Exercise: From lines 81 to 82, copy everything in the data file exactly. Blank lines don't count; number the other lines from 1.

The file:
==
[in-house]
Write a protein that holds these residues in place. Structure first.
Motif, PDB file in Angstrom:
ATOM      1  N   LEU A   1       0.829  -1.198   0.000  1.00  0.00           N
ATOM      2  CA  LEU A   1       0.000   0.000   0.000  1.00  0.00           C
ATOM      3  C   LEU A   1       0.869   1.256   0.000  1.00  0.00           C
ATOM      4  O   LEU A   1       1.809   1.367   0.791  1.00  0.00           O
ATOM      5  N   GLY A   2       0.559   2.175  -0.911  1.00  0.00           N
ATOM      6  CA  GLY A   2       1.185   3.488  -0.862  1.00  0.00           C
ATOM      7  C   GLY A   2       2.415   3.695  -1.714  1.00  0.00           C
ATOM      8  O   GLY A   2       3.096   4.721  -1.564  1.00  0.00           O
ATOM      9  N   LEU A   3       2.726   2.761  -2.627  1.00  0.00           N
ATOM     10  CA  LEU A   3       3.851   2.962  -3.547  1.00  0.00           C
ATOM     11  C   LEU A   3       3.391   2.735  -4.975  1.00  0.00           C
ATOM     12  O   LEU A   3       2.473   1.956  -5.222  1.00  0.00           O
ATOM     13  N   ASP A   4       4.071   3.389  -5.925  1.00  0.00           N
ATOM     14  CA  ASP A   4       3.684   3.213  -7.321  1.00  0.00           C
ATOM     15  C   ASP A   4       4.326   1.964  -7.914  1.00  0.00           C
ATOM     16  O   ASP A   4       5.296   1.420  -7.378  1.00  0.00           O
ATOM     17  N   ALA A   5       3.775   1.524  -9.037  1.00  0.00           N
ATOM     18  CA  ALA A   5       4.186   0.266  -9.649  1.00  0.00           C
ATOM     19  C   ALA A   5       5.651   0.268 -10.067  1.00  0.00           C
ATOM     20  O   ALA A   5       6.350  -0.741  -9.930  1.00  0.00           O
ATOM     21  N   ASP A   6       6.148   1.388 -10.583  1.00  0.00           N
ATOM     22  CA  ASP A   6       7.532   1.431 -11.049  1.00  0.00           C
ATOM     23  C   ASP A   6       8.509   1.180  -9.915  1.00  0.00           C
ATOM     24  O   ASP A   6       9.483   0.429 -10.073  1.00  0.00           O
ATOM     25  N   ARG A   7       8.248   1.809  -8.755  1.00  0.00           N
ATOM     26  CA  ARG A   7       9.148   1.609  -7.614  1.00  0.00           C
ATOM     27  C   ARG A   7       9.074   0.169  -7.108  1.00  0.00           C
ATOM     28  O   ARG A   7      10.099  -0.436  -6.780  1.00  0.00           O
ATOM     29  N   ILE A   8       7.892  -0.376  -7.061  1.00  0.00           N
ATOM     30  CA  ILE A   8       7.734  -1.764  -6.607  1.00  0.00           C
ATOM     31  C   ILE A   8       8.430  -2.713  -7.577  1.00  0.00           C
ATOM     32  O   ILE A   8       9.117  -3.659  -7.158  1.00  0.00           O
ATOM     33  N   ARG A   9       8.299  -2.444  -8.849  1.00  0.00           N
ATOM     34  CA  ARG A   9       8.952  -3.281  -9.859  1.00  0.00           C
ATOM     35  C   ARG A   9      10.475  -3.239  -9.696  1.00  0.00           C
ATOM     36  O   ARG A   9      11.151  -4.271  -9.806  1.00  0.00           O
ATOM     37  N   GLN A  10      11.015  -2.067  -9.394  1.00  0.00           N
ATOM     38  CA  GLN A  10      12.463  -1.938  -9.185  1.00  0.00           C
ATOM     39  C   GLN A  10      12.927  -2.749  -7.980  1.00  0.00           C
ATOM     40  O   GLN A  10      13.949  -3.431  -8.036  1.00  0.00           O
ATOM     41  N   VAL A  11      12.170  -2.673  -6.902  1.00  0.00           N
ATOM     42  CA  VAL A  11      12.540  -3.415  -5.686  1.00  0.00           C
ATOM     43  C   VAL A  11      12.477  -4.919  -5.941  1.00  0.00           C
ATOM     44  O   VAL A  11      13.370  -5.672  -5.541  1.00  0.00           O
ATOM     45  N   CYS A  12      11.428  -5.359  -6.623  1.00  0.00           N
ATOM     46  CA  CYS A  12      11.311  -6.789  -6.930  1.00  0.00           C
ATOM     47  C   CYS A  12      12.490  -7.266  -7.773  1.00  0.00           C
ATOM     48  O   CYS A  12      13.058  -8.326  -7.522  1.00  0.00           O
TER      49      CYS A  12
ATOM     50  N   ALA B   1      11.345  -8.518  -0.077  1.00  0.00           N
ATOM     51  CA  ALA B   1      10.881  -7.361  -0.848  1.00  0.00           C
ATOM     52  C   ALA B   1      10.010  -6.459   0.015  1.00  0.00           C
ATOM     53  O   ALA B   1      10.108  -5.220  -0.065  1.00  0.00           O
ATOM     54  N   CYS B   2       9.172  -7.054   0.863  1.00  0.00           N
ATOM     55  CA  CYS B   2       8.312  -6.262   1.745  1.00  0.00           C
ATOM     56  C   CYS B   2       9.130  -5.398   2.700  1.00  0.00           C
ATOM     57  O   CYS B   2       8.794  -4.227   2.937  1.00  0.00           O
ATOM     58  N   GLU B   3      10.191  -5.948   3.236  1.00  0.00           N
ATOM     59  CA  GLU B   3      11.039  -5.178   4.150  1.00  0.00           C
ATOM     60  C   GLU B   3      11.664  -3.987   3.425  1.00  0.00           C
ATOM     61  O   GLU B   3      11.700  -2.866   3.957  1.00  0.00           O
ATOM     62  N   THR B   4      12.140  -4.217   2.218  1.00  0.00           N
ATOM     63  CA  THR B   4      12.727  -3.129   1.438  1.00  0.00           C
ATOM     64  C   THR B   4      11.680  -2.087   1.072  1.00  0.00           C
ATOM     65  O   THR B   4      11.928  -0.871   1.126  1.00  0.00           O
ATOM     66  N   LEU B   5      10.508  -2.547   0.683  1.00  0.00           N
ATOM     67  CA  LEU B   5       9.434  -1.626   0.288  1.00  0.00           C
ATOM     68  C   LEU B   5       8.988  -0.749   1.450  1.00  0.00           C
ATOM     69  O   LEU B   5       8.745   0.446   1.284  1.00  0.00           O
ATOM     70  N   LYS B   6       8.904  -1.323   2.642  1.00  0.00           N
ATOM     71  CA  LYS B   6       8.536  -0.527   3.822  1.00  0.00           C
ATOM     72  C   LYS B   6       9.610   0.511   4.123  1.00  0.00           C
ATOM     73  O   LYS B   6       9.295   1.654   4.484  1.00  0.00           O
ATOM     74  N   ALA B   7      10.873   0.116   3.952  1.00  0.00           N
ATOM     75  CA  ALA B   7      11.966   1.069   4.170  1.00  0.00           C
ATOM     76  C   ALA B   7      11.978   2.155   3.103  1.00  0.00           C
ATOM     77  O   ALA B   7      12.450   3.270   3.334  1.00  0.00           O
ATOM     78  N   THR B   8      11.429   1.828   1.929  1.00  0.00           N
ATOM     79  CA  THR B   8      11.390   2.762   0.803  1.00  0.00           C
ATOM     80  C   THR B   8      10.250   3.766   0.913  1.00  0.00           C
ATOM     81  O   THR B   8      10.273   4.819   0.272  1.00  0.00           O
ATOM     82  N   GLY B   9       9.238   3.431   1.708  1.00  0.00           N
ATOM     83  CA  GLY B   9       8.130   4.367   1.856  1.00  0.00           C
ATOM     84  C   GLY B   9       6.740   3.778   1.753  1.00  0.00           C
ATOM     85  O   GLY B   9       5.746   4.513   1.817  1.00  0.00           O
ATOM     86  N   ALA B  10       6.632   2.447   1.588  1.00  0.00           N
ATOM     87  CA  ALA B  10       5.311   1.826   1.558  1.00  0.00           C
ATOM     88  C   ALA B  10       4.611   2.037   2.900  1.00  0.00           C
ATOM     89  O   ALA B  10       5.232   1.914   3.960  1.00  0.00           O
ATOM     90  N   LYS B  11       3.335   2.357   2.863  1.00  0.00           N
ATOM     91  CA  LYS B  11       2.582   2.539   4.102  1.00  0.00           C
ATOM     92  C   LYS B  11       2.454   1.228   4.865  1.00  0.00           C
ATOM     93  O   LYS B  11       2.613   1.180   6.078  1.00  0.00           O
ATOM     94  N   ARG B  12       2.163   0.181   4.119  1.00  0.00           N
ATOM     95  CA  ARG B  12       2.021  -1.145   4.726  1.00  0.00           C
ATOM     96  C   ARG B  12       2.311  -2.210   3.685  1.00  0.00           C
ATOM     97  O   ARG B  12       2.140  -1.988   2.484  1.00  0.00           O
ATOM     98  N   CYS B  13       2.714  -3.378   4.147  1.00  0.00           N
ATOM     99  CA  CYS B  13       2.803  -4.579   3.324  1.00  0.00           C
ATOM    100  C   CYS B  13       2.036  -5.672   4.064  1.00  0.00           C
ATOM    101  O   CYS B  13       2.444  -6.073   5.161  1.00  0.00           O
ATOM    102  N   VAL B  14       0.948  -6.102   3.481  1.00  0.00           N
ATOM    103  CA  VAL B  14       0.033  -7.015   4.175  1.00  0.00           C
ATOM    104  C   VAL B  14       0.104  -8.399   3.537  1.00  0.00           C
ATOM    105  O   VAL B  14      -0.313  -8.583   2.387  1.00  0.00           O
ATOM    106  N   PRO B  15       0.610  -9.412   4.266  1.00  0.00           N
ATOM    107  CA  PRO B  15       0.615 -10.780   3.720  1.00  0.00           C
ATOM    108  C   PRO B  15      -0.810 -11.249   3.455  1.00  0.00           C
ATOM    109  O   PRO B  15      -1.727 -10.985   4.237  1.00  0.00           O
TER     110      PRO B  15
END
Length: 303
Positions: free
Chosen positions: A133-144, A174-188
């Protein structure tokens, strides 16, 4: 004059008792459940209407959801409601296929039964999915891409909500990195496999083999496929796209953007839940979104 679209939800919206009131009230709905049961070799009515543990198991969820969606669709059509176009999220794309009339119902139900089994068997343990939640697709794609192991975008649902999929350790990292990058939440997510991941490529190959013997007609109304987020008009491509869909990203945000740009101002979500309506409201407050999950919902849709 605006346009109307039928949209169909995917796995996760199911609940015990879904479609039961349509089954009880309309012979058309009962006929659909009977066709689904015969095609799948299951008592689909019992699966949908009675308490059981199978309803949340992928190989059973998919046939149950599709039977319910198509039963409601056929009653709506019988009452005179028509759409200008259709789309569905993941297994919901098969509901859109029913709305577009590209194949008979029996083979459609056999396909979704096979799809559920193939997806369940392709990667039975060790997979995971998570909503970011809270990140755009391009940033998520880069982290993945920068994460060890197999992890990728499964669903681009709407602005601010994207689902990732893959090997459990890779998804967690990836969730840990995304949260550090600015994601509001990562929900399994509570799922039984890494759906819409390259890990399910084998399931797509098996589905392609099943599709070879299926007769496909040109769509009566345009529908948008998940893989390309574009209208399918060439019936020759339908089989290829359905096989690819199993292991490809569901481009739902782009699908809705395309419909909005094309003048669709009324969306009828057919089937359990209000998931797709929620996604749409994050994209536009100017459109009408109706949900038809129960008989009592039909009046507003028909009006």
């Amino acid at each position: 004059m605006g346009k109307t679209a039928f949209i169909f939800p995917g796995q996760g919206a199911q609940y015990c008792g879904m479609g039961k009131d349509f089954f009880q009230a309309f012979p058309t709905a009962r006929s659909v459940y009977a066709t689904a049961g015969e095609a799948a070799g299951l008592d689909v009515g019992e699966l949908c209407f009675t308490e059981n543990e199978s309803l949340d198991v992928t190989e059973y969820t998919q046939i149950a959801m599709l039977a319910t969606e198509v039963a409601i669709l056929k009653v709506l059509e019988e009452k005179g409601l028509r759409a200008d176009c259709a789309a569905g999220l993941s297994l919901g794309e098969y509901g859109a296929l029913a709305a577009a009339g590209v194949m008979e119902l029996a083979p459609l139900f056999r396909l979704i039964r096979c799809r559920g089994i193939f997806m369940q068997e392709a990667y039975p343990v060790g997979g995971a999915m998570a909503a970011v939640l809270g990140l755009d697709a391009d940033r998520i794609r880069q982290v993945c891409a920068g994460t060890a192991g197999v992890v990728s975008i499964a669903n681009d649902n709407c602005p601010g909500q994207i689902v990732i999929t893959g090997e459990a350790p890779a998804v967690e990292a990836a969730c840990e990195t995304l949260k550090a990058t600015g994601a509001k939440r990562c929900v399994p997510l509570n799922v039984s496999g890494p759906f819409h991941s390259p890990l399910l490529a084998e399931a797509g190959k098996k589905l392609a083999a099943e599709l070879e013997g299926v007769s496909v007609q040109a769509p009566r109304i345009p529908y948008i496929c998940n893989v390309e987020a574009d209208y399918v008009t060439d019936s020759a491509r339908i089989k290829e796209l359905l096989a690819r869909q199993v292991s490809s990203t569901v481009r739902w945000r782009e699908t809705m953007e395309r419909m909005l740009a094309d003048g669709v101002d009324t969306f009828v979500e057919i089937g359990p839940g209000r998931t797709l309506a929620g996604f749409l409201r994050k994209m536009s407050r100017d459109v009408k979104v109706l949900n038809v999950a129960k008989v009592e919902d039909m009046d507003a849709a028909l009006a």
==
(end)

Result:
ATOM     78  N   THR B   8      11.429   1.828   1.929  1.00  0.00           N
ATOM     79  CA  THR B   8      11.390   2.762   0.803  1.00  0.00           C